(*) What the graph really says to me is that by far the most important thing to do is not let defects get into production. That is what everyone should be focussed on; and only when we’re awesome at that should we start worrying about moving from “Implementation” to “Design”. Sure, effective QA requires activities througout the lifecycle, but those activities should be focussed on preventing defects getting into production, not moving detection up the (internal) lifecycle for efficiency reasons while many defects are still being found by customers. But most proposals I see are focussed on moving detection from “Testing” to “Implementation” or “Design” while a huge number of defects are still being found in production.
(*) Most of the recommendations actually don’t follow at all from the graph. The most common one these days is “we will save money by testing earlier so we are only going to do unit testing from now on”. Huh? Why does earlier testing mean unit testing? Just because on a Waterfall or V-model it comes first? Aren’t we all a bit more educated than that these days?
(*) The graph lacks a key piece of data – the cost of finding defects. In production the cost of finding defects is $0. But finding defects at the requirements stage is rather expensive. Especially if your process applies the finding process to requirements that may never be implemented. I’m not saying that the cost of finding a defect at the requirements stage is such that it balances out the cost of fixing at the maintenance stage, but maybe it is in some environments, this is an important bit of data that’s missing.
(*) The defects that are showing up in production – where were they injected? If they are all late stage simple code bugs then doing a whole lot of requirements reviews isn’t going to help much. Few people include data about where their defects are injected.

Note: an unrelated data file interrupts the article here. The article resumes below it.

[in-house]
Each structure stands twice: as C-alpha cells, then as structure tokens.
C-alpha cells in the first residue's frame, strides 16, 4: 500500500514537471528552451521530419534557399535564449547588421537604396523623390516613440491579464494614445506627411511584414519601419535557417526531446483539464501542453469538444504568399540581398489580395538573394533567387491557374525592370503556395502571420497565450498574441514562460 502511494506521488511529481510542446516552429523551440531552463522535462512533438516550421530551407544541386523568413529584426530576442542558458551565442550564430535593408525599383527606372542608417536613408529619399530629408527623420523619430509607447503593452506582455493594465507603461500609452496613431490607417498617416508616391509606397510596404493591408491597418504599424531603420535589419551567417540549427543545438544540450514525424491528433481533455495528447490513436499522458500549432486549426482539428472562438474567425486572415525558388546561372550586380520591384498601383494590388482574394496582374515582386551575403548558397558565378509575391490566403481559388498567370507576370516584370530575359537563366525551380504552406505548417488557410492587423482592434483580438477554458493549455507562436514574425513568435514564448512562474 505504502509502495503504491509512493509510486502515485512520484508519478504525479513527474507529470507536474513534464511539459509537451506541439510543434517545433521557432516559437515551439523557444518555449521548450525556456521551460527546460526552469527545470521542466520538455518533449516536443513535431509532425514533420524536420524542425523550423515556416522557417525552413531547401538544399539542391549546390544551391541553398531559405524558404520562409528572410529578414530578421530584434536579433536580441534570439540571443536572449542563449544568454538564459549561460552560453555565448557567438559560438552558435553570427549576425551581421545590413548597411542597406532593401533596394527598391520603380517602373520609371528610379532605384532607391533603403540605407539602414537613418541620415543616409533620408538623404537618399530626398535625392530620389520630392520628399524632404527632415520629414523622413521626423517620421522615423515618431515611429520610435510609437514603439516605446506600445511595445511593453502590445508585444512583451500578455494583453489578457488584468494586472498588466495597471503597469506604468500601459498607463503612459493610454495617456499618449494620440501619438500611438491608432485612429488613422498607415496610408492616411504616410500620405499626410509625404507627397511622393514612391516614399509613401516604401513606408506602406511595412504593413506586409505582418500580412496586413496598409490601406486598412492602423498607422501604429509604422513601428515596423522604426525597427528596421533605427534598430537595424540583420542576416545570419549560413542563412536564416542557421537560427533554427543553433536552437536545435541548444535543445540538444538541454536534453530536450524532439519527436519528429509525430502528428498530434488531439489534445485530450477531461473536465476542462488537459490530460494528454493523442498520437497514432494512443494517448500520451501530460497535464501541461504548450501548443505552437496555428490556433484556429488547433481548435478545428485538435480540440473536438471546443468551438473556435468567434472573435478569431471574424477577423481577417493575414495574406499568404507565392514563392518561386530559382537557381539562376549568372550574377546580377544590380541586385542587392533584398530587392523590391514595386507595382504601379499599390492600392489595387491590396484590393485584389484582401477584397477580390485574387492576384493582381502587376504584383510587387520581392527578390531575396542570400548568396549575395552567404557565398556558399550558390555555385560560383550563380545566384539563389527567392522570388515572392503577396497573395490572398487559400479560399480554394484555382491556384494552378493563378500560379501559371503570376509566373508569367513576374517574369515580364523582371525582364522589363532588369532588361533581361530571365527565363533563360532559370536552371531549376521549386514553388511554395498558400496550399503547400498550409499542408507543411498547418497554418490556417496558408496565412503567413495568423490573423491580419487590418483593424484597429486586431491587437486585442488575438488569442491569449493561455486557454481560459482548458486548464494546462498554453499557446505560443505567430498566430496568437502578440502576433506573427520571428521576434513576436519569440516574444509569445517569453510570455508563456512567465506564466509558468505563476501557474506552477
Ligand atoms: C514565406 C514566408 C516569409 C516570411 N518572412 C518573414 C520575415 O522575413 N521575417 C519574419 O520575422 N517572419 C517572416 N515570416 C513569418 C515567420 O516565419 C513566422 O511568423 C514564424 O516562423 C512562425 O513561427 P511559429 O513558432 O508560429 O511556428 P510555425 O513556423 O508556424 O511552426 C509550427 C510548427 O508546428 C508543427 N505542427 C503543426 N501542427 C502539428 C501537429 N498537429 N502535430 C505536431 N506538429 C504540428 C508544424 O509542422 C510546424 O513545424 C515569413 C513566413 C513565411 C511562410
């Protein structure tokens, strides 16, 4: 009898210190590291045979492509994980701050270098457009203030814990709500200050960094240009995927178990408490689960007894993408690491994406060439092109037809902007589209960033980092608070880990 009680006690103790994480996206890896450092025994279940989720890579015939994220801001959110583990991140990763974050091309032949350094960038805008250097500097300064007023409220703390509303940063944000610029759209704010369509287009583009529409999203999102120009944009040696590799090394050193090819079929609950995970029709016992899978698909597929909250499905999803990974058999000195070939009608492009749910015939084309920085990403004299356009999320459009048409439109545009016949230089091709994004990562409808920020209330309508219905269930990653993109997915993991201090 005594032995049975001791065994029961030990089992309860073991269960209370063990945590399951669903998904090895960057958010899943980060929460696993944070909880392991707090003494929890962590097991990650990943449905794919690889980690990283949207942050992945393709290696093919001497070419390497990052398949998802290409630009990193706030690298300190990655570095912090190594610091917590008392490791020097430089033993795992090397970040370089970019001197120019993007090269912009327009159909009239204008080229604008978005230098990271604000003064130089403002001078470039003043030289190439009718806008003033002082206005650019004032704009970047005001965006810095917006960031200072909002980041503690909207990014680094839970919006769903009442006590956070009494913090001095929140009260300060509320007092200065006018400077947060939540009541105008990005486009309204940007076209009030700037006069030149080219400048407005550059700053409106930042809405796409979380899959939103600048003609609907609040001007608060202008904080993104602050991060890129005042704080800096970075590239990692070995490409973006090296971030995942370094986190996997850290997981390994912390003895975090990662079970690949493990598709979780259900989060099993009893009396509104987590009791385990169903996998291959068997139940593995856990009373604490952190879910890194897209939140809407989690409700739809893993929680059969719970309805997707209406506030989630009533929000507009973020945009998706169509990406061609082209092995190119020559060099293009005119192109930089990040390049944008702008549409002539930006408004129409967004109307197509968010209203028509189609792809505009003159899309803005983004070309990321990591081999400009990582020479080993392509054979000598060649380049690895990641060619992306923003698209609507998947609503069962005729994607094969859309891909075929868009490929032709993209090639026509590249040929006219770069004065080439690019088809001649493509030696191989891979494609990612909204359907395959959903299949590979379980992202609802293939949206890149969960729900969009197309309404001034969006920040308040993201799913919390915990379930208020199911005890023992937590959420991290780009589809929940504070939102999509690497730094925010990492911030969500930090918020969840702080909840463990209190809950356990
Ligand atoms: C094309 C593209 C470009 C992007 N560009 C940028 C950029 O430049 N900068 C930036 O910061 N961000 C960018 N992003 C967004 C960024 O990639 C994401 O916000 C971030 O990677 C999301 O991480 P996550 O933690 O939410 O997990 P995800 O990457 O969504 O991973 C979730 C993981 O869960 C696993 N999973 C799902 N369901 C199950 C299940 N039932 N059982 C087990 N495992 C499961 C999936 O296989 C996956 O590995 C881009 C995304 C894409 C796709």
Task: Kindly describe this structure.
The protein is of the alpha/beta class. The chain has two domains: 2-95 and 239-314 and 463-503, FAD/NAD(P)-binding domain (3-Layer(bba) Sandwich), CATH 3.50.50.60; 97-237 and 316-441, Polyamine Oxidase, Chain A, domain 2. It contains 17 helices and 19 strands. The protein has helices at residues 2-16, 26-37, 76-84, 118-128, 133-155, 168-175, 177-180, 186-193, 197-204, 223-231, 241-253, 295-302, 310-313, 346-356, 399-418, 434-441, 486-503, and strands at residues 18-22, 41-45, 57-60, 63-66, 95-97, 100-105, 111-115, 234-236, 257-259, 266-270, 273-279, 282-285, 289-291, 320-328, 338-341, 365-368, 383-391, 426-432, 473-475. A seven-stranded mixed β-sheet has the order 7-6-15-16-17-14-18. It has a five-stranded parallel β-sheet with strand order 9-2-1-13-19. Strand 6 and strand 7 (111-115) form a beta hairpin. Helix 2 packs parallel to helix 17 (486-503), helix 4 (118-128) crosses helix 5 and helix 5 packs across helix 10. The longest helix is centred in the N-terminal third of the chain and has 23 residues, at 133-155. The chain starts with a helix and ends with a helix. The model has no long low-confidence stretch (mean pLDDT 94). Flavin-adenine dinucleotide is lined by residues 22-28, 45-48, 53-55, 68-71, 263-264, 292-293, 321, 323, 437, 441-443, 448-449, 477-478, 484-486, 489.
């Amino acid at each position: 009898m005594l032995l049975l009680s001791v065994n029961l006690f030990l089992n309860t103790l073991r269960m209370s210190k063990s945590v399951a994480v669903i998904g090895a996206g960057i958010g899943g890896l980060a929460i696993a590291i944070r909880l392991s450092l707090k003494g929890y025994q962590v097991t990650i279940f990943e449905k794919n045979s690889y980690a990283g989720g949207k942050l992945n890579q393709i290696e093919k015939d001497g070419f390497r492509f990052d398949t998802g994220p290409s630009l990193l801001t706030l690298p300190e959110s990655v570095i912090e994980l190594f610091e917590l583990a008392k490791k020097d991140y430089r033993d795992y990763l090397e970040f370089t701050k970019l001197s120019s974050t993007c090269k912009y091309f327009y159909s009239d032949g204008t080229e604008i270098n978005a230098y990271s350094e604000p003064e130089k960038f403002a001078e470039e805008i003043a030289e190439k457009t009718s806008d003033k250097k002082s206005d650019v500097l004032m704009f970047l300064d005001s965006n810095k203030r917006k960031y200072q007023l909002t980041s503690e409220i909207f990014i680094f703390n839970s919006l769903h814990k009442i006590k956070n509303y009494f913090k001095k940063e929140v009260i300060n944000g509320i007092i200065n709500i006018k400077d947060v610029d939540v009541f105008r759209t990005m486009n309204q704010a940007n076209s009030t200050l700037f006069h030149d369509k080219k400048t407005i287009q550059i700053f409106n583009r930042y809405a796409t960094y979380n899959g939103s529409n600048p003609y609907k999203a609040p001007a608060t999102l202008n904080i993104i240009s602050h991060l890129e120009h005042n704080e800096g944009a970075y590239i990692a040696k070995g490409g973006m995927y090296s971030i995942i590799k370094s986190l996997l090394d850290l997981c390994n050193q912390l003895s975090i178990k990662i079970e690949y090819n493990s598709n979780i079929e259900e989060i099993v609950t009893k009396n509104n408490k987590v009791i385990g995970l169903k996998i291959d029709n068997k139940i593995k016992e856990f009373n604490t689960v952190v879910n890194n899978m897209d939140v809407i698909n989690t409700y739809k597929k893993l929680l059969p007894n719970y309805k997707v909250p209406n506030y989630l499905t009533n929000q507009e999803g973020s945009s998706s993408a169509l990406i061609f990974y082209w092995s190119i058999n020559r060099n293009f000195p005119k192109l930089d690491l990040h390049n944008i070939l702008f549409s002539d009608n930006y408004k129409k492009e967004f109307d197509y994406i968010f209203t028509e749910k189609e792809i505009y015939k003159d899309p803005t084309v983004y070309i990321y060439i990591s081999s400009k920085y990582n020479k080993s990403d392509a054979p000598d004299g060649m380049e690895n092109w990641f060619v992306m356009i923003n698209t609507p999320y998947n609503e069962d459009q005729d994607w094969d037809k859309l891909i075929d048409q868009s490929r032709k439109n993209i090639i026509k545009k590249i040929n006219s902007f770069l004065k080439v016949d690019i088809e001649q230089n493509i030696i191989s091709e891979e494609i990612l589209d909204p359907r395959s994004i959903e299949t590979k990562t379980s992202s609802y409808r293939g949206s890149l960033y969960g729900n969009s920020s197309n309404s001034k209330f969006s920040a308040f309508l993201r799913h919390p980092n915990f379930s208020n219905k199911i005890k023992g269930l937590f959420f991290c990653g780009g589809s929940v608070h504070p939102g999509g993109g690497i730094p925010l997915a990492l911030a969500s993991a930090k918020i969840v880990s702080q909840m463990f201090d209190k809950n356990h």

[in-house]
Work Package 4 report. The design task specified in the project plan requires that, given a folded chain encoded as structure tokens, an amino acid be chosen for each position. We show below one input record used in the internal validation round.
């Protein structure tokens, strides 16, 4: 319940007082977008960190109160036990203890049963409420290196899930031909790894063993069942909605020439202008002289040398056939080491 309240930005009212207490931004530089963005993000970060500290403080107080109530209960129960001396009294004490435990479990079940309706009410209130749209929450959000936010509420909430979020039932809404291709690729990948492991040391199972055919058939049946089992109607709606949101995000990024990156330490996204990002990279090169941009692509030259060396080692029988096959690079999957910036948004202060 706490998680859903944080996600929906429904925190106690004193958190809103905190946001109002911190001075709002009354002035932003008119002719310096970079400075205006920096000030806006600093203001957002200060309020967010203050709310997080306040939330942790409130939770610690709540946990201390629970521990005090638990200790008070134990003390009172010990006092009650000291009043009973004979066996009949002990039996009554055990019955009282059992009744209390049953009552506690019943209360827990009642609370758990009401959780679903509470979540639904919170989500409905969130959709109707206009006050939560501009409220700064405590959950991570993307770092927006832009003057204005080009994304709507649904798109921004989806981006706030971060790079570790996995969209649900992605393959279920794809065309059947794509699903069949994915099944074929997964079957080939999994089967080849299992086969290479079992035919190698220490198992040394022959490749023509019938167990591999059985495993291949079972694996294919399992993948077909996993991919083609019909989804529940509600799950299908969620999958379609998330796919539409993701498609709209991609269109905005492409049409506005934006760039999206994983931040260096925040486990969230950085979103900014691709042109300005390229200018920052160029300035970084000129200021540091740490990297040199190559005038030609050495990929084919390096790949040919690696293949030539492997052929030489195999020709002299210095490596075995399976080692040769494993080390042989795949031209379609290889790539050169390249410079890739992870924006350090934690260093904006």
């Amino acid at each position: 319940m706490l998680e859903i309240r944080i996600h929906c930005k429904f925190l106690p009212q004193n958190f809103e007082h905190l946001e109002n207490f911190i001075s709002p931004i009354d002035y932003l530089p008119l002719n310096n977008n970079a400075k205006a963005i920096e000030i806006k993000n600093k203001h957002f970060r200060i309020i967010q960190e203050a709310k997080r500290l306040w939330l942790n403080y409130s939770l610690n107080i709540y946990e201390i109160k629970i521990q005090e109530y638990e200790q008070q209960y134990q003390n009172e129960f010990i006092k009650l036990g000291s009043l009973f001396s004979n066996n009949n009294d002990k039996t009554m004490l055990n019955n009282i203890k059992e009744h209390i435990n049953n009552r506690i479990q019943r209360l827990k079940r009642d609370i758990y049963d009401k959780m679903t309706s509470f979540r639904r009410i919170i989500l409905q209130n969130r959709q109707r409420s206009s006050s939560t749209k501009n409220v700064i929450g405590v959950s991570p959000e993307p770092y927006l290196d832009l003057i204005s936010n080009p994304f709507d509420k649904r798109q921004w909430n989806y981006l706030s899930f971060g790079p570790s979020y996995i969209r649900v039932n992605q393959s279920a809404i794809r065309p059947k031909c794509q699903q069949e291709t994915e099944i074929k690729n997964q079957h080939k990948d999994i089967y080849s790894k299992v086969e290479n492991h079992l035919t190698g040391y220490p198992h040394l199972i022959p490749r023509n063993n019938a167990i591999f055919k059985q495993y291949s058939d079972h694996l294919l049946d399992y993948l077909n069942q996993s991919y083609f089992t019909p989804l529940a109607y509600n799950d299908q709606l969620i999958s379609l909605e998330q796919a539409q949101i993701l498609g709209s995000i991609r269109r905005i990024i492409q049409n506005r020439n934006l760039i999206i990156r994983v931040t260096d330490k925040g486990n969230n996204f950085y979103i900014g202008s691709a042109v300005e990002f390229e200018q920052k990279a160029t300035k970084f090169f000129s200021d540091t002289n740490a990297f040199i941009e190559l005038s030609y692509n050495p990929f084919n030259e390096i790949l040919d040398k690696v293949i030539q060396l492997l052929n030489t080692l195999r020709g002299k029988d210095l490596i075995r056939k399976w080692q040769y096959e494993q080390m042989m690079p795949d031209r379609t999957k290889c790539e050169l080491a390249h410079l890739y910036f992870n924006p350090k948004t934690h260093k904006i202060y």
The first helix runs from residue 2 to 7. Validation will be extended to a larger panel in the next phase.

So the graph is interesting, but I find it’s massively over-used these days, and most often it’s used when people haven’t really thought through what they are doing.
eggPlant Manager has always allowed you to have a central location for scripts, run tests concurrently and give you a high level graphical display for your results. With the release of eggPlant Manager 4.0 we have built on this core functionality to deliver an even more effective test management tool. We have added in…
- The ability to run external jobs, which includes Selenium and JUnit tests.
We understand that customers may already have lots of testing assets in other tools and languages, so we have now added in the ability to execute any arbitrary command that you can run through the command line. This means, you can use eggPlant Manager to run a full end to end test, that might incorporate all of eggPlant Functional, Selenium and JUnit tests, and then have the results of all of those pushed back into eggPlant Manager, to give you a central place for all of your results. Essentially, we are allowing you to execute any command line call from eggPlant Manager.